The northernmost republic of what was once Yugoslavia,
currently appears the most stable, prosperous and welcoming of all Europe's erstwhile communist countries. It was always the richest and most westernized of the Yugoslav federation, and apart from the Ten-Day War which brought it independence in 1991, it has avoided the strife which has plagued the republics to the south. For centuries, Slovenia was administered by German-speaking overlords and was, until 1918, part of the Austro-Hungarian empire. The Slovenes absorbed the culture of their captors during this period while managing to retain a strong sense of ethnic identity through the Slav-rooted Slovene language, a close relation of Czech, Serbo-Croat and Slovak.
Slovenia's landscape is as varied as it is beautiful: along the Austrian border the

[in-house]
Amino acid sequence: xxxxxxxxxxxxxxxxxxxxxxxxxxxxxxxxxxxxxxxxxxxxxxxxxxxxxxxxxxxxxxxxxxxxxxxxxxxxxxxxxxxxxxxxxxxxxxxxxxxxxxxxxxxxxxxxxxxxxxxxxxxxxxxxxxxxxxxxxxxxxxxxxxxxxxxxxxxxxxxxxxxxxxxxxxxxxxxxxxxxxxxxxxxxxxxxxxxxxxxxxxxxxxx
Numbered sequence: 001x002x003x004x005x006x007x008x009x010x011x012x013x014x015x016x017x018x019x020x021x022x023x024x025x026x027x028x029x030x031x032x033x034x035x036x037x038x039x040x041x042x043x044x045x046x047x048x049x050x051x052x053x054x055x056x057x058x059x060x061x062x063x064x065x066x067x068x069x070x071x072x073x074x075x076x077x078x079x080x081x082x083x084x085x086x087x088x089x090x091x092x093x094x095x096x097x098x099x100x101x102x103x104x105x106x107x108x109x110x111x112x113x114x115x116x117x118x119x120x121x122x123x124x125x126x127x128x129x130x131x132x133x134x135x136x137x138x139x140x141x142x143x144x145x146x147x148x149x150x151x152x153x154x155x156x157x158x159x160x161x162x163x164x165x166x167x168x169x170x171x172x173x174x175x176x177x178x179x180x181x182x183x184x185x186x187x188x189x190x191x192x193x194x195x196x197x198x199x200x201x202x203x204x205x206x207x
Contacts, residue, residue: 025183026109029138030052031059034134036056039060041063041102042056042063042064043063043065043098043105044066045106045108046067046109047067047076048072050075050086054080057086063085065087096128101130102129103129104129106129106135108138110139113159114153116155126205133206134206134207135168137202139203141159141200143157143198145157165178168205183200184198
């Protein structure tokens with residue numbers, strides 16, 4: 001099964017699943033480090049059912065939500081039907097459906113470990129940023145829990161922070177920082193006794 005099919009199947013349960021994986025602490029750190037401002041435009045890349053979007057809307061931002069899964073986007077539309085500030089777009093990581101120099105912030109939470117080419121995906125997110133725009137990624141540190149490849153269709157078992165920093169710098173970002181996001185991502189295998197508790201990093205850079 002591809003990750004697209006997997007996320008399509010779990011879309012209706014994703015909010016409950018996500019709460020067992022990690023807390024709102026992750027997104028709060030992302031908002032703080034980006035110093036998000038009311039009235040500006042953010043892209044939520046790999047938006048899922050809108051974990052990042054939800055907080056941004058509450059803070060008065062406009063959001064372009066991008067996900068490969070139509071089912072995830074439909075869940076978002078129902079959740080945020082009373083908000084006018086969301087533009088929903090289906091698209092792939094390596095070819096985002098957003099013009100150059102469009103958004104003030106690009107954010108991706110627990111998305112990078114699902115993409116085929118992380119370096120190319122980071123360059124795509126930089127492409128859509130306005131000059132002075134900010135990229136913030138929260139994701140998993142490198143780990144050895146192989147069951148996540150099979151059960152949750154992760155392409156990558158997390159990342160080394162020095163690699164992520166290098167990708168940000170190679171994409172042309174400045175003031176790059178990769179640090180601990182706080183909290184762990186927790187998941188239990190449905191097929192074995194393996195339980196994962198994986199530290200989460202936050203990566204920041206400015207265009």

provide stunning mountain scenery, most accessibly at
; further south, the brittle karst scenery is riddled with spectacular caves like those at
. Slovenia's capital,
, is easily the best of the cities, a vital, youthful place, manageably small and cluttered with Baroque and Habsburg buildings, while the short stretch of Slovenian coast, along the northern edge of the Istrian peninsula, is punctuated by a couple of towns that were among the most attractive resorts of the former Yugoslavia -
- not to mention the port of
, with its appealingly ancient centre. Despite its relative isolation in the eastern part of the country, the attractively preserved town of
is also well worth a visit.